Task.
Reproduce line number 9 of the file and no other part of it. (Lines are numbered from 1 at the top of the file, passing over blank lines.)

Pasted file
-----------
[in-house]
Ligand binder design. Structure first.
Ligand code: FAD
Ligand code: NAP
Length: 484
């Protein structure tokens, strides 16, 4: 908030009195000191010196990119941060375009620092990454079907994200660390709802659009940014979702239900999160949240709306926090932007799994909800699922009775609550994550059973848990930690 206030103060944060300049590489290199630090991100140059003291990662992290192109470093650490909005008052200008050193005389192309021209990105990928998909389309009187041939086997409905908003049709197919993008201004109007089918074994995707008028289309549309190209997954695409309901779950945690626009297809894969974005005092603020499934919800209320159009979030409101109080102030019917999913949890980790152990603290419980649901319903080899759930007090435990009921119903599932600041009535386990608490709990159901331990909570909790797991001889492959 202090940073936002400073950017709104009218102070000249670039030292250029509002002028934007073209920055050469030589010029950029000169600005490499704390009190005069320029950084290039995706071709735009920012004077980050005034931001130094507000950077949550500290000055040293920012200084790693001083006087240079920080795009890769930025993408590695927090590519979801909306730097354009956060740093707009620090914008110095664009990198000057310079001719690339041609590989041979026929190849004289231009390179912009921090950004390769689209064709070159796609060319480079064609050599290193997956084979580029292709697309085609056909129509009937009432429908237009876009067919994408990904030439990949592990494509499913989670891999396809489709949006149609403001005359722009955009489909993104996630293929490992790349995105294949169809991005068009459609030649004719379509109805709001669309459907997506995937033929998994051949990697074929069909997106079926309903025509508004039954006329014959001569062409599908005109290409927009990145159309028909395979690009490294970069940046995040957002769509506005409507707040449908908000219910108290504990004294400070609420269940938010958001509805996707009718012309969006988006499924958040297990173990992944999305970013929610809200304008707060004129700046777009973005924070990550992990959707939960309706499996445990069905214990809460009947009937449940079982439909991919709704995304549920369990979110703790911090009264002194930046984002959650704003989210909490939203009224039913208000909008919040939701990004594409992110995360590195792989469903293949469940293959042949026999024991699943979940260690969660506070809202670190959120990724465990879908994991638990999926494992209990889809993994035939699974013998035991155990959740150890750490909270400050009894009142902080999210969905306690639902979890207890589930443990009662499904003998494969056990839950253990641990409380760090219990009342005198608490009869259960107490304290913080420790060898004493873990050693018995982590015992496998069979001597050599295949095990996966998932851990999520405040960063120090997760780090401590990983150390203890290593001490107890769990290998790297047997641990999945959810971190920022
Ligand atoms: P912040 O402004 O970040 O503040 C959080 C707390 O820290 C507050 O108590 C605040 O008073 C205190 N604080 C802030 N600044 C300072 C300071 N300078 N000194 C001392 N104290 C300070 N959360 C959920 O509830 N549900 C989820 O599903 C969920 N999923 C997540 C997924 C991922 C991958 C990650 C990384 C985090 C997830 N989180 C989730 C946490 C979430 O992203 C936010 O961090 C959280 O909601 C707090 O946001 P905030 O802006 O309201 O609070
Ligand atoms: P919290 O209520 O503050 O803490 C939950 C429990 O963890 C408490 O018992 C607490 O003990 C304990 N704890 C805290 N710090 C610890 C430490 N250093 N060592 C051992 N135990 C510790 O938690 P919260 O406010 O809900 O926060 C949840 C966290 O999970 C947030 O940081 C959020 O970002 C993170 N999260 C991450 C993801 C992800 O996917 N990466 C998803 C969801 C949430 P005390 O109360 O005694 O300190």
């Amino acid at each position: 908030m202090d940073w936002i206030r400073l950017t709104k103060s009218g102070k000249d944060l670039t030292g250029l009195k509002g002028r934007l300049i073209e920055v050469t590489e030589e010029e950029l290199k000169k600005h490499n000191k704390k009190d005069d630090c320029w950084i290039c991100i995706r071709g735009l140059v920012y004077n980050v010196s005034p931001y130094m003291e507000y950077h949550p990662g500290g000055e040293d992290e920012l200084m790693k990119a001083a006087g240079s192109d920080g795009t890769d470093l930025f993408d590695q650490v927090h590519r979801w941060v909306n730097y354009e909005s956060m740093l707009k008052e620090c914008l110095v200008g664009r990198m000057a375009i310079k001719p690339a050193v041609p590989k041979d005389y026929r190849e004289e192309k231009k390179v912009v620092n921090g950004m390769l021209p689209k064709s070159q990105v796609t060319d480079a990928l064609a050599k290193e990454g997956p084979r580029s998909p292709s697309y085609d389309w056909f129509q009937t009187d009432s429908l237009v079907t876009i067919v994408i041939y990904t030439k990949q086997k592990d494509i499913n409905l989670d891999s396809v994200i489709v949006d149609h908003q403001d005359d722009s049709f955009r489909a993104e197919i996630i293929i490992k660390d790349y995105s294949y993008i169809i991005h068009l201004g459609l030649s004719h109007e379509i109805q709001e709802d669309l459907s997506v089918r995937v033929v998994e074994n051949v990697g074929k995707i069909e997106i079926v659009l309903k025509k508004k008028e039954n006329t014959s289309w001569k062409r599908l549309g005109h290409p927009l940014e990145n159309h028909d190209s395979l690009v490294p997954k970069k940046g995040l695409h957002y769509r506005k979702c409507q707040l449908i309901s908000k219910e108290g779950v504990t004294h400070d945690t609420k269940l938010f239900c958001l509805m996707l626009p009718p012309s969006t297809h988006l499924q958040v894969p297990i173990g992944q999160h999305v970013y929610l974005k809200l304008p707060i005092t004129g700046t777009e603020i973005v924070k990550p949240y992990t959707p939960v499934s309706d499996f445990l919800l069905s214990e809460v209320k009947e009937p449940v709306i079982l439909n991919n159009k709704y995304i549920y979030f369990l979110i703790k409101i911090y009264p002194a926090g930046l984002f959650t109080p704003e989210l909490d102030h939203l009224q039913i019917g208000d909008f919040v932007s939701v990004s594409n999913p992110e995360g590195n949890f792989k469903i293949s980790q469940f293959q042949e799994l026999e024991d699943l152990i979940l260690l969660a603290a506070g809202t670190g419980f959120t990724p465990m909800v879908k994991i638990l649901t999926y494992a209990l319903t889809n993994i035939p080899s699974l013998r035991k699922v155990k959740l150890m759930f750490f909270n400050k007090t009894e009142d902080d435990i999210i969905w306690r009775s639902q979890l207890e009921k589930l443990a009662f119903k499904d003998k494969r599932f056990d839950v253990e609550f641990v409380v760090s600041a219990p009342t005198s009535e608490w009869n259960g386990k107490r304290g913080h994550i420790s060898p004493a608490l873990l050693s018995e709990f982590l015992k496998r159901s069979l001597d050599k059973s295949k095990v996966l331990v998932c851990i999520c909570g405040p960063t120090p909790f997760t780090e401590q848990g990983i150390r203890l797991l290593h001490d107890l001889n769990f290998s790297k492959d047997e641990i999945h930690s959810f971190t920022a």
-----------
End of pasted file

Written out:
């Amino acid at each position: 908030m202090d940073w936002i206030r400073l950017t709104k103060s009218g102070k000249d944060l670039t030292g250029l009195k509002g002028r934007l300049i073209e920055v050469t590489e030589e010029e950029l290199k000169k600005h490499n000191k704390k009190d005069d630090c320029w950084i290039c991100i995706r071709g735009l140059v920012y004077n980050v010196s005034p931001y130094m003291e507000y950077h949550p990662g500290g000055e040293d992290e920012l200084m790693k990119a001083a006087g240079s192109d920080g795009t890769d470093l930025f993408d590695q650490v927090h590519r979801w941060v909306n730097y354009e909005s956060m740093l707009k008052e620090c914008l110095v200008g664009r990198m000057a375009i310079k001719p690339a050193v041609p590989k041979d005389y026929r190849e004289e192309k231009k390179v912009v620092n921090g950004m390769l021209p689209k064709s070159q990105v796609t060319d480079a990928l064609a050599k290193e990454g997956p084979r580029s998909p292709s697309y085609d389309w056909f129509q009937t009187d009432s429908l237009v079907t876009i067919v994408i041939y990904t030439k990949q086997k592990d494509i499913n409905l989670d891999s396809v994200i489709v949006d149609h908003q403001d005359d722009s049709f955009r489909a993104e197919i996630i293929i490992k660390d790349y995105s294949y993008i169809i991005h068009l201004g459609l030649s004719h109007e379509i109805q709001e709802d669309l459907s997506v089918r995937v033929v998994e074994n051949v990697g074929k995707i069909e997106i079926v659009l309903k025509k508004k008028e039954n006329t014959s289309w001569k062409r599908l549309g005109h290409p927009l940014e990145n159309h028909d190209s395979l690009v490294p997954k970069k940046g995040l695409h957002y769509r506005k979702c409507q707040l449908i309901s908000k219910e108290g779950v504990t004294h400070d945690t609420k269940l938010f239900c958001l509805m996707l626009p009718p012309s969006t297809h988006l499924q958040v894969p297990i173990g992944q999160h999305v970013y929610l974005k809200l304008p707060i005092t004129g700046t777009e603020i973005v924070k990550p949240y992990t959707p939960v499934s309706d499996f445990l919800l069905s214990e809460v209320k009947e009937p449940v709306i079982l439909n991919n159009k709704y995304i549920y979030f369990l979110i703790k409101i911090y009264p002194a926090g930046l984002f959650t109080p704003e989210l909490d102030h939203l009224q039913i019917g208000d909008f919040v932007s939701v990004s594409n999913p992110e995360g590195n949890f792989k469903i293949s980790q469940f293959q042949e799994l026999e024991d699943l152990i979940l260690l969660a603290a506070g809202t670190g419980f959120t990724p465990m909800v879908k994991i638990l649901t999926y494992a209990l319903t889809n993994i035939p080899s699974l013998r035991k699922v155990k959740l150890m759930f750490f909270n400050k007090t009894e009142d902080d435990i999210i969905w306690r009775s639902q979890l207890e009921k589930l443990a009662f119903k499904d003998k494969r599932f056990d839950v253990e609550f641990v409380v760090s600041a219990p009342t005198s009535e608490w009869n259960g386990k107490r304290g913080h994550i420790s060898p004493a608490l873990l050693s018995e709990f982590l015992k496998r159901s069979l001597d050599k059973s295949k095990v996966l331990v998932c851990i999520c909570g405040p960063t120090p909790f997760t780090e401590q848990g990983i150390r203890l797991l290593h001490d107890l001889n769990f290998s790297k492959d047997e641990i999945h930690s959810f971190t920022a």